Going the extra mile: how to tackle early school leaving
- Reading time: 6 minutes
Image: Steven Lelham / Unsplash.com
Education is one of a country’s foremost competitive advantages, and for young people it is important to have a completed education in order to have access to a range of opportunities in the labour market. But is this really what motivates learning in schools? And what do you do to ensure that schools can successfully tackle early school leaving? Educational expert Per Kornhall makes some suggestions.
If you look at schools that succeed in tackling early school leaving, it is obvious that they are very different, but also that underneath this apparent difference there are important common denominators. For one thing, they never give up hope on a student. They constantly think: what can we try in order to succeed with her or him? They are prepared to go that extra mile. But why?
The first and most important answer is that these teachers and school leaders are not motivated by the reasons mentioned above, such as gross national product (GNP). What motivates them is the very encounter with a young person and the opportunity to change his or her life for the better. And that, in turn, is intimately linked to education’s democratic mission. The foundation of our democracies is a belief in the equal value of all people – but in order for this idea to be truly realised, it is necessary for all people to have the knowledge and the tools they need to be able to work in a democratic society and to attain the equality that underlies it. This has been a basic principle ever since the Enlightenment. It is evident from research on schools that succeed in preventing early school leaving that their leadership has just such a strong moral impetus.
The other characteristic of such schools is that they build strong and developing networks among teachers, between teachers, school leaders and various professional groups in the schools and with local communities and parents. The third characteristic is that they do not blame school failures on the students, parents or community, but instead constantly wonder what they themselves can do to better reach students and get them involved in their education. In one of the three film examples now available in the European Toolkit for Schools, the headmasters at the Malmaskolan in Sweden hired a person to pick up some children from home to bring them to school and give them breakfast there before the lessons started. They had decided to do whatever was required to fulfil the legislative intention that the school should help all children to succeed.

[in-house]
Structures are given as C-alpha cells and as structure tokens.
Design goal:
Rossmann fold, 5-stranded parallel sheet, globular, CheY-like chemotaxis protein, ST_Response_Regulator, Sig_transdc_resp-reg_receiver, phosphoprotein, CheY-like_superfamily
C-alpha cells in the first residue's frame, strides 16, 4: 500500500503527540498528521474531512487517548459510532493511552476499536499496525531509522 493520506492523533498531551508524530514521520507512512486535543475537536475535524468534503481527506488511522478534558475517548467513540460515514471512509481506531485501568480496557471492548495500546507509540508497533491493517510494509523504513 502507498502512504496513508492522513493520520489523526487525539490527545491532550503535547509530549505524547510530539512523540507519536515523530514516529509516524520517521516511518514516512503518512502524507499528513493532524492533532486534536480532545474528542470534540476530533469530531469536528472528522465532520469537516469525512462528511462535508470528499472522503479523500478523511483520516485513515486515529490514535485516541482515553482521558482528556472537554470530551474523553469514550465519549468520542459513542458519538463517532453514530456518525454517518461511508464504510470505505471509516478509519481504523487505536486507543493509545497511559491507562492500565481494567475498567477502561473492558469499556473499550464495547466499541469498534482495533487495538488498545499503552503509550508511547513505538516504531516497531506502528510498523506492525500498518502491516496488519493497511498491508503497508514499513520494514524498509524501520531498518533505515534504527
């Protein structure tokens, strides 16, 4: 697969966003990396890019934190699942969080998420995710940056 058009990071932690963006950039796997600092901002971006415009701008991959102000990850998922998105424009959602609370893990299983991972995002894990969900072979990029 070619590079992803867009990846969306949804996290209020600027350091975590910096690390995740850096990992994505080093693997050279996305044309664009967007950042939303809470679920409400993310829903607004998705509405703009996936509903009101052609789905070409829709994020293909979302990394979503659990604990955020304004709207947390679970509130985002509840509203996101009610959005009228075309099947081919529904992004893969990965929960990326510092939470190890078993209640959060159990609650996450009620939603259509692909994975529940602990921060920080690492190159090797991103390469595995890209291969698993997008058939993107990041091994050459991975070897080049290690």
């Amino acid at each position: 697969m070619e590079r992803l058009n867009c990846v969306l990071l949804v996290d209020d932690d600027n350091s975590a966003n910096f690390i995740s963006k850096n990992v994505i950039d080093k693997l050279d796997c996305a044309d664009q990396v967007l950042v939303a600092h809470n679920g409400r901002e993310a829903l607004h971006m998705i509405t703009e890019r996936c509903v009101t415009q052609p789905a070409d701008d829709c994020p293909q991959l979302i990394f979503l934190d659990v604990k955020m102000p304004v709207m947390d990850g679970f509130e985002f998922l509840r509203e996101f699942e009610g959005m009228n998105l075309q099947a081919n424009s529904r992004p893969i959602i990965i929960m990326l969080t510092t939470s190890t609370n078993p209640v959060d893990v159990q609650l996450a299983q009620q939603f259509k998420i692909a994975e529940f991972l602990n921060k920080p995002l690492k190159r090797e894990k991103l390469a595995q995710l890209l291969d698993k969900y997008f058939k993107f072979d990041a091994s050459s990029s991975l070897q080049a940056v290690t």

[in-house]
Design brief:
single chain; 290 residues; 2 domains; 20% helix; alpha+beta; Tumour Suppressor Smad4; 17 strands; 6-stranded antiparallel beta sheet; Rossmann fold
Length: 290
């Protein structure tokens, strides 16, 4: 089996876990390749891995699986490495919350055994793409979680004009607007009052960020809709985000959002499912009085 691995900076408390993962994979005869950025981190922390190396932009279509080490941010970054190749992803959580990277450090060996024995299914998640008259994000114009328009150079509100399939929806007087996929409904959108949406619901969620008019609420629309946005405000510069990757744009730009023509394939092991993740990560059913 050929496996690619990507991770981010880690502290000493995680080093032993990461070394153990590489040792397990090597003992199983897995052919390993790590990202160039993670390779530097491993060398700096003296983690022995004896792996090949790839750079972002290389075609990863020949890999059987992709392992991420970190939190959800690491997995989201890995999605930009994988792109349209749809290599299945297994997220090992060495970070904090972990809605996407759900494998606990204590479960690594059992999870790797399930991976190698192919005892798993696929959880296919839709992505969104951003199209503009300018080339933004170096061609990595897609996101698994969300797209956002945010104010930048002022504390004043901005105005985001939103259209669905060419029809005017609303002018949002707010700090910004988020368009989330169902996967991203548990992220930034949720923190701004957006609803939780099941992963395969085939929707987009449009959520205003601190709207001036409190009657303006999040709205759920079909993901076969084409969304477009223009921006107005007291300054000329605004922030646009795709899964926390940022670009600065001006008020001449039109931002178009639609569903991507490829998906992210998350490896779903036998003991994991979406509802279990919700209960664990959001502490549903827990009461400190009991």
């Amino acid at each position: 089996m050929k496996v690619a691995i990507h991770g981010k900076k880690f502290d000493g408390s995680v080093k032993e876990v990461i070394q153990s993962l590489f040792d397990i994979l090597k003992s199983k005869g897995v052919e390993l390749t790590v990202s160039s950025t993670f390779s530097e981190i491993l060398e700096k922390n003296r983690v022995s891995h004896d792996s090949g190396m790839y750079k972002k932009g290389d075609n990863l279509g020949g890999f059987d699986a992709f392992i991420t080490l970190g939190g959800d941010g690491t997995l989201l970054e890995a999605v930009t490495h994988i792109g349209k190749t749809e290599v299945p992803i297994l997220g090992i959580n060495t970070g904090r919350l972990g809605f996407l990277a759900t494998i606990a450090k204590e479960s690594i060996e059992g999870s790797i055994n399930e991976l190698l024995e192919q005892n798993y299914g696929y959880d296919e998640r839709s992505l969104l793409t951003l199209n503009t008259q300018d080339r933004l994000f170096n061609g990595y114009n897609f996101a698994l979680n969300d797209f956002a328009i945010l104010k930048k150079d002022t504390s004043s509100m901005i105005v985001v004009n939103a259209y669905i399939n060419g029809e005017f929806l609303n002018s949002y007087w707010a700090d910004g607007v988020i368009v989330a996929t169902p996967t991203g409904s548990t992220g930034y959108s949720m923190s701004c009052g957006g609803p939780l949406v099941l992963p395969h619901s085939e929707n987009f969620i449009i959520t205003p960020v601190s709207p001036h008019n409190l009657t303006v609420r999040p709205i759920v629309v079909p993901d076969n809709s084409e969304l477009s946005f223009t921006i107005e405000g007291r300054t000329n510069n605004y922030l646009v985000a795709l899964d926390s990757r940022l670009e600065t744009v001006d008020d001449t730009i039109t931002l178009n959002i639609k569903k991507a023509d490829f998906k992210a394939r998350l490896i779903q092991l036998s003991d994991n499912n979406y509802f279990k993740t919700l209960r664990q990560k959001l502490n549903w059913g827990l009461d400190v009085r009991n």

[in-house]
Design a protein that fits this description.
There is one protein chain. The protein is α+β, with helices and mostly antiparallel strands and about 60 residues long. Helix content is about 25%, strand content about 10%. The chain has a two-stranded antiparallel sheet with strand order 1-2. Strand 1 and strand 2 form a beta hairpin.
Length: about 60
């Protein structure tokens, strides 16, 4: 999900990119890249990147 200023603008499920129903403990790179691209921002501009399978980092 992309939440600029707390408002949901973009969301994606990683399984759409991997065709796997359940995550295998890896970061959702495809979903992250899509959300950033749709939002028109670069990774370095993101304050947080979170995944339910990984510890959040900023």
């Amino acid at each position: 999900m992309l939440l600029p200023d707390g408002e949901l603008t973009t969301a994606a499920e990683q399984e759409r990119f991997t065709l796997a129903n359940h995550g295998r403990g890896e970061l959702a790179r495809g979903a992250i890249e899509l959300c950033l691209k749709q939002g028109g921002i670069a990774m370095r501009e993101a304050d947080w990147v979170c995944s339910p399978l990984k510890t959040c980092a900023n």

Another characteristic of such schools is that they monitor how the students are doing. They do this not to show figures to a responsible authority or district management but for their own benefit, so that they do not overlook a student’s needs and so that they can find the areas in which they themselves need to develop.
That being said, each school also needs enough resources, depending on the socioeconomic makeup of its catchment area. Each school also needs to build teams with many skills, ingenuity and – most importantly – a lot of courage. Schools that manage to prevent early school leaving are noticeably led by principals who dare to do the unusual, perhaps even breaking some unwritten (and not infrequently written) rules to succeed in their task of getting all students to attain their goals. They do this because their moral compass is crucial in their leadership. Our school systems therefore need to include opportunities for school leaders to act with autonomy.
The last important factor is that school leaders have to stay a long time in the schools that need improvement. There is a clear link between continuity of leadership and school outcomes. Why? Because it takes a long time to build the skills and the relational confidence that is required for people in an organisation to feel secure and motivated to work hard to improve themselves. In that type of safety (with challenges), you can develop yourself and take care of the development of others.
Per Kornhall (@kornknarr) PhD is an independent expert and author. He has been Director of Education at the National Agency for Education in Sweden and worked as a School Strategist in a Swedish municipality. He is chairman of SLFF, the copyright organisation for Swedish writers of educational books and materials. Since 2013, he has been a member of the European Commission’s network of independent experts in education. He has published several books on professional development and analyses of the Swedish school system.